North Carolina Debates Cutting Early Childhood Programs as UNC Study Determines Their Value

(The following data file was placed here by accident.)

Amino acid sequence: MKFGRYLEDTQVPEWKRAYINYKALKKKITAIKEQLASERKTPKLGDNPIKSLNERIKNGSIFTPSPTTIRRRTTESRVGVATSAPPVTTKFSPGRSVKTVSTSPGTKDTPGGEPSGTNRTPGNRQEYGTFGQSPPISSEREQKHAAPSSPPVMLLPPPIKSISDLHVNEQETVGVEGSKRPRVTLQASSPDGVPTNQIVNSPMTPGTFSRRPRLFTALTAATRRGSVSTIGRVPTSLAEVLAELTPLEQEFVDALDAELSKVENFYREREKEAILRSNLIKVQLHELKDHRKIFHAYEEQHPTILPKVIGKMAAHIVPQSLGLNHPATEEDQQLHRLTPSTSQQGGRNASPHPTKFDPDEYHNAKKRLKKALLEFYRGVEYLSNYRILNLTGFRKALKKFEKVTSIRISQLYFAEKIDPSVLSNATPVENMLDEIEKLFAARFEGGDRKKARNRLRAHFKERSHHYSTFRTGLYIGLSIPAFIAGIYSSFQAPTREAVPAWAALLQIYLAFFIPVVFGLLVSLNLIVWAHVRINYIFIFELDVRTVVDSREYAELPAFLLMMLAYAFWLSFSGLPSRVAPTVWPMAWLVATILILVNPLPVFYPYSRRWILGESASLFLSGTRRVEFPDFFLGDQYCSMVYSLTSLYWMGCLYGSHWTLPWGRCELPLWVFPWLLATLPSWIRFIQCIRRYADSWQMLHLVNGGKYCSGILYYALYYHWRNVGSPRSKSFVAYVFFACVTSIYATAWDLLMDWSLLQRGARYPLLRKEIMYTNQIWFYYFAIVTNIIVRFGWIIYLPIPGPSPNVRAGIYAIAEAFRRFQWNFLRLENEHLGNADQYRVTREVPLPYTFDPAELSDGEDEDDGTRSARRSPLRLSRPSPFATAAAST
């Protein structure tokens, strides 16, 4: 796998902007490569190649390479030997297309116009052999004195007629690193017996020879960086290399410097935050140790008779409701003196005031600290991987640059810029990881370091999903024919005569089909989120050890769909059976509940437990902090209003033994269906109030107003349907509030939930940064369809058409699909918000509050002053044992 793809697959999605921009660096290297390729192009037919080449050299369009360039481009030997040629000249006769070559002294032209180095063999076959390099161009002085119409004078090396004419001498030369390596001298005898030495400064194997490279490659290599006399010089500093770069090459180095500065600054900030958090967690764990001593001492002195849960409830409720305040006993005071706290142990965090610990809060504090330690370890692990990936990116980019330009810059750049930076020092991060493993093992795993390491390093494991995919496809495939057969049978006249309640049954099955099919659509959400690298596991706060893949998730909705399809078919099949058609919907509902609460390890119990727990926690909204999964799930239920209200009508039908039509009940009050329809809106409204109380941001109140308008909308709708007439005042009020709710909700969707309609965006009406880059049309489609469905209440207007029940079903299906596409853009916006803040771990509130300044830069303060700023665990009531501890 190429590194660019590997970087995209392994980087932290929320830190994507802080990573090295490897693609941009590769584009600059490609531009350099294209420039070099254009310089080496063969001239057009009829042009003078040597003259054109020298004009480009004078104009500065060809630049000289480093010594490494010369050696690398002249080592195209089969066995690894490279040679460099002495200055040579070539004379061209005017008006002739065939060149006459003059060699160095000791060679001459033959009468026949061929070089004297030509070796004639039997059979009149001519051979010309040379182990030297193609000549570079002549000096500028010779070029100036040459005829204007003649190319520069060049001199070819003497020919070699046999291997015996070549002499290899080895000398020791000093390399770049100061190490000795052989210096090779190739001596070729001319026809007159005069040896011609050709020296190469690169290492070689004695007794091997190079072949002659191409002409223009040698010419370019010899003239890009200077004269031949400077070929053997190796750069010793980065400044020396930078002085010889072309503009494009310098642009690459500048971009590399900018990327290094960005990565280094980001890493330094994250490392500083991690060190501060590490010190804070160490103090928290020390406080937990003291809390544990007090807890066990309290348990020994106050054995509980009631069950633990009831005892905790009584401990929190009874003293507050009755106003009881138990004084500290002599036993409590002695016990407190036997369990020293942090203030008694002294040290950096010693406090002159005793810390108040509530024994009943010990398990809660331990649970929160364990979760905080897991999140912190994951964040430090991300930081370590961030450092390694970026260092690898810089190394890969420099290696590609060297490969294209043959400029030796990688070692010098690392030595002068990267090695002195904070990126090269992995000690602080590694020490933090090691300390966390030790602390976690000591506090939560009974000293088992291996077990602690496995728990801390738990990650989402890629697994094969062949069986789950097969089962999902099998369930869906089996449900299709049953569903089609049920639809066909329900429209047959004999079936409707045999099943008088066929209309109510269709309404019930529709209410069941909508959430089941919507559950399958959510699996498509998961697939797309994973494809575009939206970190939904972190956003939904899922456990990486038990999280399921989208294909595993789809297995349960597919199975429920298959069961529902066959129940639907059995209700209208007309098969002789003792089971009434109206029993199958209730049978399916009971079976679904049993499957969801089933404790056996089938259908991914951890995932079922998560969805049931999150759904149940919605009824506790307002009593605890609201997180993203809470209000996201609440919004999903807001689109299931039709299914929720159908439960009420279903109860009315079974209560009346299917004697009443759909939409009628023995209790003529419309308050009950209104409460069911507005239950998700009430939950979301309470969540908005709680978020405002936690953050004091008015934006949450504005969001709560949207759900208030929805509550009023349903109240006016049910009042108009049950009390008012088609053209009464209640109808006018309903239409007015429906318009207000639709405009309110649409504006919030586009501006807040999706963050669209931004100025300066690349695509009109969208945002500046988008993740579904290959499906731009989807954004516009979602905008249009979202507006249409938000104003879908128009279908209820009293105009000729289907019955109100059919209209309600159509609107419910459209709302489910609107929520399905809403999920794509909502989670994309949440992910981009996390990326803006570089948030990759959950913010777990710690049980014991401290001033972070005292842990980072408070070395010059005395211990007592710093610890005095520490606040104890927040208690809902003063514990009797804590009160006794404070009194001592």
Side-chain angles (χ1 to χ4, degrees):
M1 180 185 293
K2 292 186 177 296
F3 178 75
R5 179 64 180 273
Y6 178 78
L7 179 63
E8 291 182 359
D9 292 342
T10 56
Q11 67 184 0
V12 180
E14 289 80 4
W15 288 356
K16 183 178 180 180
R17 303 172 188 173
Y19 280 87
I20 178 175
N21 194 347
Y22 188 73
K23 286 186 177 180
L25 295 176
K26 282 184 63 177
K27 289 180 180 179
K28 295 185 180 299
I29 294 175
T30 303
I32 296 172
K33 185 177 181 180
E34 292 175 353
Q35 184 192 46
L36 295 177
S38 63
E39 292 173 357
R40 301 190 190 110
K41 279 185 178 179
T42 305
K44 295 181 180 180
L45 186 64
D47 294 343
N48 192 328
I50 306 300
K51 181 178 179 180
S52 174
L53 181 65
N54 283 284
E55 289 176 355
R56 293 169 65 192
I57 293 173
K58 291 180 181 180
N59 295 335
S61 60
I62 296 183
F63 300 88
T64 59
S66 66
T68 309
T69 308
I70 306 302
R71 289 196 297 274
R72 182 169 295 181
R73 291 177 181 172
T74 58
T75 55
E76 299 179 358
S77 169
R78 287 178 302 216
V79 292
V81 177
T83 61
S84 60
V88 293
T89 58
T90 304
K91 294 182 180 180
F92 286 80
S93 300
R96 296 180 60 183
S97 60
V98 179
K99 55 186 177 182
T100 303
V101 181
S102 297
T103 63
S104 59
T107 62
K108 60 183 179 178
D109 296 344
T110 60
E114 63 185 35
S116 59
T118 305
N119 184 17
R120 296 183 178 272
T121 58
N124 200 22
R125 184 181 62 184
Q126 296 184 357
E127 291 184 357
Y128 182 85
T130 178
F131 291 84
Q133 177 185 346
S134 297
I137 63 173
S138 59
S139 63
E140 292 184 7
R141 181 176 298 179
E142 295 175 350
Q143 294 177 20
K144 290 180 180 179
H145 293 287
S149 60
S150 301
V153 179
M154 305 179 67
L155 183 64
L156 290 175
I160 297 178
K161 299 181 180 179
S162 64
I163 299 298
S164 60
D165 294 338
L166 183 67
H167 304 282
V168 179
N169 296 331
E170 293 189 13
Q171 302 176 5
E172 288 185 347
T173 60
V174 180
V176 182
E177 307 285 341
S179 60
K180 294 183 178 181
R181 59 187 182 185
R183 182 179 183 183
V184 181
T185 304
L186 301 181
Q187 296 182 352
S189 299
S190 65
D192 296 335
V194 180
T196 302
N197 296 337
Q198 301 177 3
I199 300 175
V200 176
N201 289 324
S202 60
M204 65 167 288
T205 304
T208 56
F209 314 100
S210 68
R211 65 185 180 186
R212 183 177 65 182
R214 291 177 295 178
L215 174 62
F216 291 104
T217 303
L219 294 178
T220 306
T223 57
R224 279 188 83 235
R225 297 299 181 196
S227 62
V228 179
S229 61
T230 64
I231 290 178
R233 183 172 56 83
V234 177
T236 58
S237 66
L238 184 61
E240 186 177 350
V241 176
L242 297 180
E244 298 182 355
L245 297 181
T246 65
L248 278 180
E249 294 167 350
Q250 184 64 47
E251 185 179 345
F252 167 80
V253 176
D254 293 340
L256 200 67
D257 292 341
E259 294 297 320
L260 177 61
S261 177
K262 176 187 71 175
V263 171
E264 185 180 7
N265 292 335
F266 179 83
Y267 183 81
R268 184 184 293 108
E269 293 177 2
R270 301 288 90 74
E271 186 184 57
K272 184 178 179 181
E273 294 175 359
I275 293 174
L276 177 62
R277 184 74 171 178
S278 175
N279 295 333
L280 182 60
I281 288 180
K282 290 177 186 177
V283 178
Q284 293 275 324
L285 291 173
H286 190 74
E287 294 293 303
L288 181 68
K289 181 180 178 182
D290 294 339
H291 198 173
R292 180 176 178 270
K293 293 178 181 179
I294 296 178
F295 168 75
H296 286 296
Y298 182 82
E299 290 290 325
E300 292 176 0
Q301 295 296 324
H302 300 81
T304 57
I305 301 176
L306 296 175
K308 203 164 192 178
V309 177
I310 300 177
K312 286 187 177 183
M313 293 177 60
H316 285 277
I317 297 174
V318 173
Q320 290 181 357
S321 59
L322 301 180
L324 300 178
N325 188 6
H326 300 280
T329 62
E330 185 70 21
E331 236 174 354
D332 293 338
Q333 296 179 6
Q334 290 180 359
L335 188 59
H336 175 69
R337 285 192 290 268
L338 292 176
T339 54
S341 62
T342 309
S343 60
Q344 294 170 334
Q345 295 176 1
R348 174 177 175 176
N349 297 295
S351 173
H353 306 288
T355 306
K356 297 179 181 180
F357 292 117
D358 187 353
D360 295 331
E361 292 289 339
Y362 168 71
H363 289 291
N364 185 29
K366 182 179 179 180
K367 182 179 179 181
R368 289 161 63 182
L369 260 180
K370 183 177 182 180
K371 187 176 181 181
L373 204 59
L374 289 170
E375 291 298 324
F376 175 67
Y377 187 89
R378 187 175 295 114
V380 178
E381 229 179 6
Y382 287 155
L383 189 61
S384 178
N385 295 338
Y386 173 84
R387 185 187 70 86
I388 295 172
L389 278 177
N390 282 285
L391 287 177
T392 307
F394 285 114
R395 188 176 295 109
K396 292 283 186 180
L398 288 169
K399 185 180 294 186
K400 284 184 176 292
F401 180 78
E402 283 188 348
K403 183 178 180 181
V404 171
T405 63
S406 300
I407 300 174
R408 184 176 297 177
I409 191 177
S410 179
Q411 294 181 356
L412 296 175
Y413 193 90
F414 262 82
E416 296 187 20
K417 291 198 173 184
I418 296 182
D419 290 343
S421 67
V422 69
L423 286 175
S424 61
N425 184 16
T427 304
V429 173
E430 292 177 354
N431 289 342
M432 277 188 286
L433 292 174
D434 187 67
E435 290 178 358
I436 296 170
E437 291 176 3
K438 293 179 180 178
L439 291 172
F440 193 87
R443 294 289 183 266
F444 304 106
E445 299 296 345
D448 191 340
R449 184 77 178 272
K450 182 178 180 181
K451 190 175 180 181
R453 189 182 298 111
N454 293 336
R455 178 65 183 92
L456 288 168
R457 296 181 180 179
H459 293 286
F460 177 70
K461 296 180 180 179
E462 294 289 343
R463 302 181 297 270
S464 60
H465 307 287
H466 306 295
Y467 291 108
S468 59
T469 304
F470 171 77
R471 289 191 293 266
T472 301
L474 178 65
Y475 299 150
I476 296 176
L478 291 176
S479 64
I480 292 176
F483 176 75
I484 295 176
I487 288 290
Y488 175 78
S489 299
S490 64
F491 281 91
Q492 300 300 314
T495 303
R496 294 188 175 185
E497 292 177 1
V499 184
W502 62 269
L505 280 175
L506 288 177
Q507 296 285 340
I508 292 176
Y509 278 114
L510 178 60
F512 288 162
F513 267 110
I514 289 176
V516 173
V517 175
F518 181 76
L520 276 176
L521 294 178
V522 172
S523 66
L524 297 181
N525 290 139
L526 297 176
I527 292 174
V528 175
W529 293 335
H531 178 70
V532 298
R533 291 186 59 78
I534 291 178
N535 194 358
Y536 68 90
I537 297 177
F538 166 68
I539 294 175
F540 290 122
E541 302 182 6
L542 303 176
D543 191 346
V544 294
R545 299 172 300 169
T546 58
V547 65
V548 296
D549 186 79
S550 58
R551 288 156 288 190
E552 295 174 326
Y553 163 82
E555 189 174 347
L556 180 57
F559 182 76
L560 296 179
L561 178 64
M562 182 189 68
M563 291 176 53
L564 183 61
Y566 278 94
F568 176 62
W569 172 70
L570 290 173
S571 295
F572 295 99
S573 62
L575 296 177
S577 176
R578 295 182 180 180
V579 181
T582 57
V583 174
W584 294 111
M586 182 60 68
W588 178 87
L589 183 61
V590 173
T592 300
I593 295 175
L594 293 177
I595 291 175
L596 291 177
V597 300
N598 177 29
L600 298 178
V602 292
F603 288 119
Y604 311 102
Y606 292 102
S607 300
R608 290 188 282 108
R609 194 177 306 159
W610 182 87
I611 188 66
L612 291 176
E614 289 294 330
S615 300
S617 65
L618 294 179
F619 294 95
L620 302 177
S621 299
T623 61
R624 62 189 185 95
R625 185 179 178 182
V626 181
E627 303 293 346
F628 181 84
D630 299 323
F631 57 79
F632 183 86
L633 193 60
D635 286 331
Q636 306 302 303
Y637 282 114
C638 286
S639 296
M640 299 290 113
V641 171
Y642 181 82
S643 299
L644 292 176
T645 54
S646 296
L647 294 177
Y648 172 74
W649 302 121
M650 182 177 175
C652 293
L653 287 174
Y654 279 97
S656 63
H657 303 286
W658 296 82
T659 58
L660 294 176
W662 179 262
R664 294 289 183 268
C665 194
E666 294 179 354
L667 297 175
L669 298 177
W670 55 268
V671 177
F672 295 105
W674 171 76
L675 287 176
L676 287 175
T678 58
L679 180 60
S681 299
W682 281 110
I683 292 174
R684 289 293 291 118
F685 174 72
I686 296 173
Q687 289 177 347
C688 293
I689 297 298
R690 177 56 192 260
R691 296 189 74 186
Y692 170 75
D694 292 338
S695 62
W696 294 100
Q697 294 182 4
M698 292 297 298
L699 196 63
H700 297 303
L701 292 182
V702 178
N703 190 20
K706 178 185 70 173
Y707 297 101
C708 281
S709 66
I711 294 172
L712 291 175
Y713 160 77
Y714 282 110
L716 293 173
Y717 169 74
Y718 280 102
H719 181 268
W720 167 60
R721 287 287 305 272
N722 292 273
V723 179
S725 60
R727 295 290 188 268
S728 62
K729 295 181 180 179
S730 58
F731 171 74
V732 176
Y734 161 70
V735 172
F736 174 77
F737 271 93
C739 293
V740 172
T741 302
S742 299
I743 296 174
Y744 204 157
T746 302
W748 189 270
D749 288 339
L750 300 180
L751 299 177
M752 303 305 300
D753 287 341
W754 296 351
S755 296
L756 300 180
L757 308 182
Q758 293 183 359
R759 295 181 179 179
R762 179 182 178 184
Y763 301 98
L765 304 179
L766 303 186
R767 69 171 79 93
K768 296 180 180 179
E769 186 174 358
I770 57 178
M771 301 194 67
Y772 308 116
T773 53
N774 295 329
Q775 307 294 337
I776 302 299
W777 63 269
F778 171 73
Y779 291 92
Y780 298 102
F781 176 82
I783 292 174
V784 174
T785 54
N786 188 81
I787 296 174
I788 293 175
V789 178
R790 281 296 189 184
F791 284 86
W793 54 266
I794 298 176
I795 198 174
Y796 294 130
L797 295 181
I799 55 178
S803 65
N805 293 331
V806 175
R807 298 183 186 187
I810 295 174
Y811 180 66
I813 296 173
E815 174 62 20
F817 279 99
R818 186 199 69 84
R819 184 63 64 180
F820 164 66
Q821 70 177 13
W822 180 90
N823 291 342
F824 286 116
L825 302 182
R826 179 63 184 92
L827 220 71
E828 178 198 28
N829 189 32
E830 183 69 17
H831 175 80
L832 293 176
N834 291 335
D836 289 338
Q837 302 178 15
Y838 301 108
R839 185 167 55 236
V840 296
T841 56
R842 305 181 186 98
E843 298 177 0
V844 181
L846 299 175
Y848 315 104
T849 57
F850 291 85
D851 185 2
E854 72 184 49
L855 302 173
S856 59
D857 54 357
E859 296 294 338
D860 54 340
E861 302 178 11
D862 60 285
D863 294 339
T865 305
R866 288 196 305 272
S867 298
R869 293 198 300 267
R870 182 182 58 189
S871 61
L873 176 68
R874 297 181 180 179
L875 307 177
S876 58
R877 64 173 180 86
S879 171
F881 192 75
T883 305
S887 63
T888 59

[caption id="attachment_971" align="alignleft" width="220" caption="Image courtesy of phaewilk"][/caption] The online journal Developmental Psychology will publish a study this week which has been 30 years in the making. Developmental researchers at the University of North Carolina at Chapel Hill conducted an experiment which tracked 111 low-income babies from 1972 forward. Half of those babies were entered into high quality child care and early childhood educational programs. The other half, the “control” were left with whatever services their parents could provide. The findings are groundbreaking in the field of early education – the percentage of children from the experimental group that went to a 4-year college or beyond was nearly four times that of the control. Clearly, the influence of early intervention in the educational process can have a long-lasting effect on the minds of children and adults, especially among low-income children whose parents may not be willing or able to provide developmentally appropriate stimulation at home. A Rich History North Carolina has a very rich history when it comes to the development and inclusion of state-funded pre-k programs, which date back to the early 1990’s and then-governor Jim Hunt. North Carolina’s groundbreaking Smart Start Program was the first of its kind in the nation. Smart Start, a statewide early childhood system, included a Quality Rating and Improvement system which has been the basis for other states’ pre-k programs. The Battle over Pre-K However, at the same time that this study is being released, a major debate is taking place among members of the Republican-controlled North Carolina State Legislature and its Democratic governor, Bev Perdue, over the funding of these universal pre-kindergarten programs in North Carolina. While Perdue, citing the UNC study, has asked her administration to develop a plan which will include funding for low-income pre-kindergarten programs, the legislature, led by State Senator Phil Berger, has likened these programs to “welfare” and refused to support them. Similar to many other states right now, the questions in regards to immediate budgetary gaps versus the long-range benefit of social programs has come under fire in a tough economy. Voters, already stretched at the personal level, cannot afford the rising tax rates that extending a program like this would cause. Last year, under a more narrow definition of “at risk” the state-funded pre-k program in North Carolina cost $161 million. However, estimates of the broader definition say that more than twice as many children could qualify for state-funded pre-k in the coming years. At What Cost? As the details of the UNC study surface in the coming weeks, the debate over the funding of pre-kindergarten in North Carolina will continue. For the so-called “at risk” students, quadrupling or even doubling the likelihood of them attending college could make a huge difference in terms of their future and the economic future of this country. However, opponents of increased spending will point to the fact that the UNC study included high-quality programs from birth, not 4-years old and that the really long term monetary benefits may not equal the investment. Yet, for the child in the at risk home whose future depends on his love of learning and ability to thrive outside of his unfortunate birth conditions, the benefits of programs like North Carolina’s are clear. The issue remains: clearly, budgets need to be cut in order to ensure short-term viability, but at what cost to the future?